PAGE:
1. Mössbauer study of CO-precipitated Fischer-Tropsch iron catalysts

    NASA Astrophysics Data System (ADS)

    Rao, K. R. P. M.; Huggins, Frank E.; Mahajan, Vikram; Huffman, Gerald P.; Bukur, D. B.; Rao, V. U. S.

    1994-12-01

    Mössbauer spectroscopy studies of precipitated Fischer-Tropsch (FT) iron catalysts, viz. 100 Fe/5 Cu/4.2 K/ x SiO2, where x=0,8, 16, 24, 25, 40, or 100, have shown that reduction of the oxide precursor in CO gives rise to χ-carbide Fe5C2 whose amount decreases with an increase of SiO2 content. The χ-carbide is converted into magnetite Fe3O4 while catalyzing the FT synthesis reaction. A correlation between FT activity and the content of χ-carbide in the catalysts was found, which indicated that χ-carbide is active for FT synthesis reaction.

  2. Slurry phase Fischer-Tropsch synthesis: Cobalt plus a water-gas shift catalyst

    SciTech Connect

    Chanenchuk, C.A.; Yates, I.C.; Satterfield, C.N.

    1990-01-01

    Experiments to study the cobalt-catalyzed and iron-catalyzed reactions of light 1-alkenes added to synthesis gas have been performed and analyzed. On cobalt, data have been obtained at 220{degrees}C, 0.45 to 1.48 MPA and a synthesis gas flow rate between 0.015 and 0.030 Nl/gcat/min with H{sub 2}/CO feeds of 1.45 to 2.25. On fused iron, data were collected at 248{degrees}C, 0.79 to 1.48 MPa and a synthesis gas flow rate between 0.005 and 0.030 Nl/gcat/min of H{sub 2}/CO feeds of 0.5 to 1.5 C{sub 2}H{sub 4}, C{sub 3}H{sub 6}, and 1-C{sub 4}H{sub 8} were added to the synthesis gas feed in concentrations ranging from 0.5 to 1.2 mol. % of total feed. 1-Alkenes incorporate into growing chains on the catalyst surface of both catalysts, probably by initiating and/or terminating the chain growth process. Only ethene is believed to propagate chain growth significantly. The propensity of the 1-alkenes to incorporate decreases with increasing carbon number of the 1-alkene. The double-{alpha} behavior which is exhibited by most Fischer-Tropsch catalysts can be explained as the sum of two growth processes, one stepwise single-carbon growth and the other 1-alkene incorporation. Both alkene addition study data and the effects of process variables on the selectivity of Fischer-Tropsch catalysts can be explained within the framework of this theory. 19 refs., 12 figs., 2 tabs.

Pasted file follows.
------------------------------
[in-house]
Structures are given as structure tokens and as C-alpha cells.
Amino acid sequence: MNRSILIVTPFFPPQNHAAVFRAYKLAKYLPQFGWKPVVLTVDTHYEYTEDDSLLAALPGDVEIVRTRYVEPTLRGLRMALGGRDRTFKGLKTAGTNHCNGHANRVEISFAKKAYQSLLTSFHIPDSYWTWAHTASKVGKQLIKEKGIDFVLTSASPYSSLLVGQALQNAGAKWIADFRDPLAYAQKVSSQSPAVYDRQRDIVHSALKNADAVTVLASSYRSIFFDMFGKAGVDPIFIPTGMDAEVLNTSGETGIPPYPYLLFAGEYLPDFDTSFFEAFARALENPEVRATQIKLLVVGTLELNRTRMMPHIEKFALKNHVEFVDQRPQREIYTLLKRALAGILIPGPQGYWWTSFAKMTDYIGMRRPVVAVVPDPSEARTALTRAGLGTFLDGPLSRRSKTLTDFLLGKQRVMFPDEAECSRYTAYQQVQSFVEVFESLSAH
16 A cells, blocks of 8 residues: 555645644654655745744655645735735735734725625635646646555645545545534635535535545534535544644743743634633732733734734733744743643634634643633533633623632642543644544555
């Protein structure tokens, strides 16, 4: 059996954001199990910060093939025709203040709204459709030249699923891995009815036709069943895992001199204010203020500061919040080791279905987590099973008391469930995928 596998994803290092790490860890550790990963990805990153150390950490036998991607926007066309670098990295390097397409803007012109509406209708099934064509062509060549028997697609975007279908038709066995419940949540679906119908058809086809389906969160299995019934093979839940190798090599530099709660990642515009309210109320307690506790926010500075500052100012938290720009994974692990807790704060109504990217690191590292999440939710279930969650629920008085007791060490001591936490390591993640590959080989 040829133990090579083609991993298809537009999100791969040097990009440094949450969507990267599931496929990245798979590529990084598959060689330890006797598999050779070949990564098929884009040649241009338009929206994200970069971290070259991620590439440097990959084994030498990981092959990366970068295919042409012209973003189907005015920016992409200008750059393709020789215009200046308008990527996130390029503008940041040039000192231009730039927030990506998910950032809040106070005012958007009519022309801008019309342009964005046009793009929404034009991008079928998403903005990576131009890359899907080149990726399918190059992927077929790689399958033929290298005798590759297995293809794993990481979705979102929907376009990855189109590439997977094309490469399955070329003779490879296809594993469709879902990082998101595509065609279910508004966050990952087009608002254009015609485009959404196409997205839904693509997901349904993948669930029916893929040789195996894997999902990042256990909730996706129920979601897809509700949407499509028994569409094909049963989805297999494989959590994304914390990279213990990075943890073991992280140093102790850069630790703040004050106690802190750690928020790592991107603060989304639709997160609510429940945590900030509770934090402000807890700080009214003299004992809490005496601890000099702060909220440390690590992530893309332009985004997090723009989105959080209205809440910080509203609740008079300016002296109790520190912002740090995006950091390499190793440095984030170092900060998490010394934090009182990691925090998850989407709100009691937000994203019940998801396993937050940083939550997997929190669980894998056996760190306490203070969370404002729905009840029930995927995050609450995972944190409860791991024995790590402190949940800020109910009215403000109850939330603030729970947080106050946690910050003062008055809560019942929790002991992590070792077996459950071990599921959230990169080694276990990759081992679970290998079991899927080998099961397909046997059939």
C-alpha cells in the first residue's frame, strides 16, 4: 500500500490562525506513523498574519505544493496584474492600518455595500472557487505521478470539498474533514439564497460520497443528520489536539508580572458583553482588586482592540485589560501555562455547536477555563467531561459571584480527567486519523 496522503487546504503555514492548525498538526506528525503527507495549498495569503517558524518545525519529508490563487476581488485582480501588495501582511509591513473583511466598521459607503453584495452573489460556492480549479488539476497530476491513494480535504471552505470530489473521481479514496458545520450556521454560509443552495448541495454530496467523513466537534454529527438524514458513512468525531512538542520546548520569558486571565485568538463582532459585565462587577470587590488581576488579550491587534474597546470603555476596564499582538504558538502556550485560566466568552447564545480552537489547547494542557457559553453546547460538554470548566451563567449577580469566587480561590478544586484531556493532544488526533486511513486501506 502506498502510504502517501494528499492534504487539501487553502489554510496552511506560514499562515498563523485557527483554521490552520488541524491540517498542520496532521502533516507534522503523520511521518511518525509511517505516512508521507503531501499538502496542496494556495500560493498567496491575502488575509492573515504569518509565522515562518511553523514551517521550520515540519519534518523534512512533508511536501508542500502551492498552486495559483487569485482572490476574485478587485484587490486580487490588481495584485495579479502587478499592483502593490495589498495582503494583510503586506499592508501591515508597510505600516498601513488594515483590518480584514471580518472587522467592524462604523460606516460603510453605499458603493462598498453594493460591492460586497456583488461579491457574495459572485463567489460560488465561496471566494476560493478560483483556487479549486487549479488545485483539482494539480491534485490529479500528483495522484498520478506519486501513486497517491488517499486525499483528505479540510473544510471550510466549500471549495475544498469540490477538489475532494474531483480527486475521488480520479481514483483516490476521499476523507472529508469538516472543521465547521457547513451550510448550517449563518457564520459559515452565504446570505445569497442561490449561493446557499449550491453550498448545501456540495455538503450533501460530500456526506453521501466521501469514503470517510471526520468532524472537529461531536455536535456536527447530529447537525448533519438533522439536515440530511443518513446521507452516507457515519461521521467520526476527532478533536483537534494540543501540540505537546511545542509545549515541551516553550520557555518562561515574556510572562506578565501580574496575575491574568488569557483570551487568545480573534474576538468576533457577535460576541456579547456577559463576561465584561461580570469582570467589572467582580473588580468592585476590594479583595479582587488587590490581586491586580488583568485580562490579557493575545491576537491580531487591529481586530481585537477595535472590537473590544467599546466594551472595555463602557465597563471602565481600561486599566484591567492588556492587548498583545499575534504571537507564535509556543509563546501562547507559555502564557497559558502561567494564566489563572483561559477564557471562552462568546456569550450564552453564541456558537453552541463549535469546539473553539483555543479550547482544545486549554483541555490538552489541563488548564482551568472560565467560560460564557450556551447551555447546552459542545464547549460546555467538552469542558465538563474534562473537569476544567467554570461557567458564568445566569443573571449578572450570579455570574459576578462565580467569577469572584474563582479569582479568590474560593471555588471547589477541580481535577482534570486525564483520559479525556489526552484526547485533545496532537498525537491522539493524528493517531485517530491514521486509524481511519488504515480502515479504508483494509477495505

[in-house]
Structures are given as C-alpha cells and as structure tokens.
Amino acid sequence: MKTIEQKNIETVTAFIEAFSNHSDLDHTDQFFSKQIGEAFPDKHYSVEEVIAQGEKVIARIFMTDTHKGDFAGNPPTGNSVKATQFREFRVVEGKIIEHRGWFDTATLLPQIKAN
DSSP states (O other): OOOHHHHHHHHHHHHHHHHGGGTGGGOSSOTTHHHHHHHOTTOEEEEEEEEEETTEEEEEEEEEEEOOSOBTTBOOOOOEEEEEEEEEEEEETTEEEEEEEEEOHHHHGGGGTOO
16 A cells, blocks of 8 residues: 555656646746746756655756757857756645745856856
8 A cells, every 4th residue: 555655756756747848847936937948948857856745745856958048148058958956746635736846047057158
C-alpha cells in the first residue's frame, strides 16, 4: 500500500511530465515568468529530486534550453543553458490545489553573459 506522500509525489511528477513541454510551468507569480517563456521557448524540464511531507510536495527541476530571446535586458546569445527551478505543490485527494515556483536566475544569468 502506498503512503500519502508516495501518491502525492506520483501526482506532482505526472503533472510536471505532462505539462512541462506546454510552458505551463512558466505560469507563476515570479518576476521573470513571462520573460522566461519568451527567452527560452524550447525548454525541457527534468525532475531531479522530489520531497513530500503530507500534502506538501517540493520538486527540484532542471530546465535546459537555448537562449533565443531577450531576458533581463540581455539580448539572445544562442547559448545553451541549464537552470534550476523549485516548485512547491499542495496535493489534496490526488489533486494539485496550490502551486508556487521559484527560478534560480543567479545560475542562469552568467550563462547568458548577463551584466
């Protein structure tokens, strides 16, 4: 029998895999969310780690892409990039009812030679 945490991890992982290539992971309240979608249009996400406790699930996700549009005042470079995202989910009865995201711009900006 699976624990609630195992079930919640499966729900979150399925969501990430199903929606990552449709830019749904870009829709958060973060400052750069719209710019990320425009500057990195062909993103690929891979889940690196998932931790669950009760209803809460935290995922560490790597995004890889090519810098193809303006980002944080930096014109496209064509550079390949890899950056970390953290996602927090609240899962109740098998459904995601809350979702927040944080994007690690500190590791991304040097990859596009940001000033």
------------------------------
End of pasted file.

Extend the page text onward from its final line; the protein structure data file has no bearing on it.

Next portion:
3. Nanoscale attrition during activation of precipitated iron Fischer- Tropsch catalysts: Implications for catalyst design

    SciTech Connect

    Datye, A.K.; Shroff, M.D.; Jin, Y.; Brooks, R.P.; Wilder, J.A.; Harrington, M.S.; Sault, A.G.; Jackson, N.B.

    1996-06-01

    This work has shown that the kaolin binder that has been used in commercial Fischer-Tropsch Synthesis catalysts doe not offer any significant attrition resistance. This is due in part to its morphology (plate-like) and to its particle size being much greater than the primary crystallite size of the iron oxide catalyst. From a microscopic examination of these catalysts, it appears that if the nanoscale attrition of the iron catalyst is to be avoided, the iron must be well dispersed on the binder, and the binder must provide an interlocking microstructure that provides strength and stability to the 30-70 {mu}m agglomerates. The study of Fe/SiO{sub 2} catalysts has shown that co-precipitation of the iron and silica leads to formation of an amorphous glassy phase which is difficult to reduce even at 723K. On the other hand, when the iron was precipitated on a preformed silica, 25-40% of the iron could be reduced and carbided. The supported iron catalyst, after reduction, formed 15-20 nm iron carbide particles that look very similar to those on the unsupported catalyst. The major difference is these nanometer sized particles are anchored on a support and therefore would not be expected to breakup further and contribute to the fines generated as catalyst attrition proceeds. However, since only a fraction of the silica-supported iron can be reduced to the active carbide phase, our present efforts are devoted to moderating the Fe/SiO{sub 2} interaction by introducing an interfacial oxide phase. We are also studying the role of added Cu on the ease of reducibility of Fe/SiO{sub 2}. The implication of this work is that other binder materials should be explored that have a morphology that can strengthen the agglomerates and minimize the Fe-SiO{sub 2} interfacial reactions. This work is presently underway in our laboratory.

  4. Preparation of Fischer-Tropsch catalysts from cobalt/iron hydrotalcites

    SciTech Connect

    Howard, B.H.; Boff, J.J.; Zarochak, M.F.

    1995-12-31